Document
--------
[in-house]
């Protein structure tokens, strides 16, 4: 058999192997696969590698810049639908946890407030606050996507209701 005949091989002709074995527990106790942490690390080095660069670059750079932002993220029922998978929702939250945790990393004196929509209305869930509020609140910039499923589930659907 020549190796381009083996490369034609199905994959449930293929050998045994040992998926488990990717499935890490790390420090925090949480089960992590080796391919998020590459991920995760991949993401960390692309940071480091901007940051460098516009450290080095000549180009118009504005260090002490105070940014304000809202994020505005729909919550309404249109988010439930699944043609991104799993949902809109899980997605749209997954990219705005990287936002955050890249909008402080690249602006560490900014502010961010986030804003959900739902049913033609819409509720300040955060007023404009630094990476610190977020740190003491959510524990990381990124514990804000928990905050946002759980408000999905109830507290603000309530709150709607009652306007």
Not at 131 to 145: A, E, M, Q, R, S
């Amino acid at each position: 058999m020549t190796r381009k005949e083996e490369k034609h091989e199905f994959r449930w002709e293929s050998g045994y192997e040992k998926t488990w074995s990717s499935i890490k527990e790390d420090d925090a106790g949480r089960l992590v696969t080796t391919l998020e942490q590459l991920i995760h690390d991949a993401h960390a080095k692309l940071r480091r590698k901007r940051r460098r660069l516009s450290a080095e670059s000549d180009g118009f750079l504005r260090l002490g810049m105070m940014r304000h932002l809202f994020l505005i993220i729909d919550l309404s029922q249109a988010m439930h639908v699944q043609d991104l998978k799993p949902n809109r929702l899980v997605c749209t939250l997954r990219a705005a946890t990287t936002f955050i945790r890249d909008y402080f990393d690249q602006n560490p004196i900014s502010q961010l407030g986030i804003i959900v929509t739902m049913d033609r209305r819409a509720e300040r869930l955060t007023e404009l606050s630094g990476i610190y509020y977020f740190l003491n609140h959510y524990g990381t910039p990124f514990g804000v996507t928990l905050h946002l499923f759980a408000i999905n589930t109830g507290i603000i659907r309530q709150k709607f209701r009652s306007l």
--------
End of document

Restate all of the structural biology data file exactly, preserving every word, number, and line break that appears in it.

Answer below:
[in-house]
């Protein structure tokens, strides 16, 4: 058999192997696969590698810049639908946890407030606050996507209701 005949091989002709074995527990106790942490690390080095660069670059750079932002993220029922998978929702939250945790990393004196929509209305869930509020609140910039499923589930659907 020549190796381009083996490369034609199905994959449930293929050998045994040992998926488990990717499935890490790390420090925090949480089960992590080796391919998020590459991920995760991949993401960390692309940071480091901007940051460098516009450290080095000549180009118009504005260090002490105070940014304000809202994020505005729909919550309404249109988010439930699944043609991104799993949902809109899980997605749209997954990219705005990287936002955050890249909008402080690249602006560490900014502010961010986030804003959900739902049913033609819409509720300040955060007023404009630094990476610190977020740190003491959510524990990381990124514990804000928990905050946002759980408000999905109830507290603000309530709150709607009652306007």
Not at 131 to 145: A, E, M, Q, R, S
């Amino acid at each position: 058999m020549t190796r381009k005949e083996e490369k034609h091989e199905f994959r449930w002709e293929s050998g045994y192997e040992k998926t488990w074995s990717s499935i890490k527990e790390d420090d925090a106790g949480r089960l992590v696969t080796t391919l998020e942490q590459l991920i995760h690390d991949a993401h960390a080095k692309l940071r480091r590698k901007r940051r460098r660069l516009s450290a080095e670059s000549d180009g118009f750079l504005r260090l002490g810049m105070m940014r304000h932002l809202f994020l505005i993220i729909d919550l309404s029922q249109a988010m439930h639908v699944q043609d991104l998978k799993p949902n809109r929702l899980v997605c749209t939250l997954r990219a705005a946890t990287t936002f955050i945790r890249d909008y402080f990393d690249q602006n560490p004196i900014s502010q961010l407030g986030i804003i959900v929509t739902m049913d033609r209305r819409a509720e300040r869930l955060t007023e404009l606050s630094g990476i610190y509020y977020f740190l003491n609140h959510y524990g990381t910039p990124f514990g804000v996507t928990l905050h946002l499923f759980a408000i999905n589930t109830g507290i603000i659907r309530q709150k709607f209701r009652s306007l």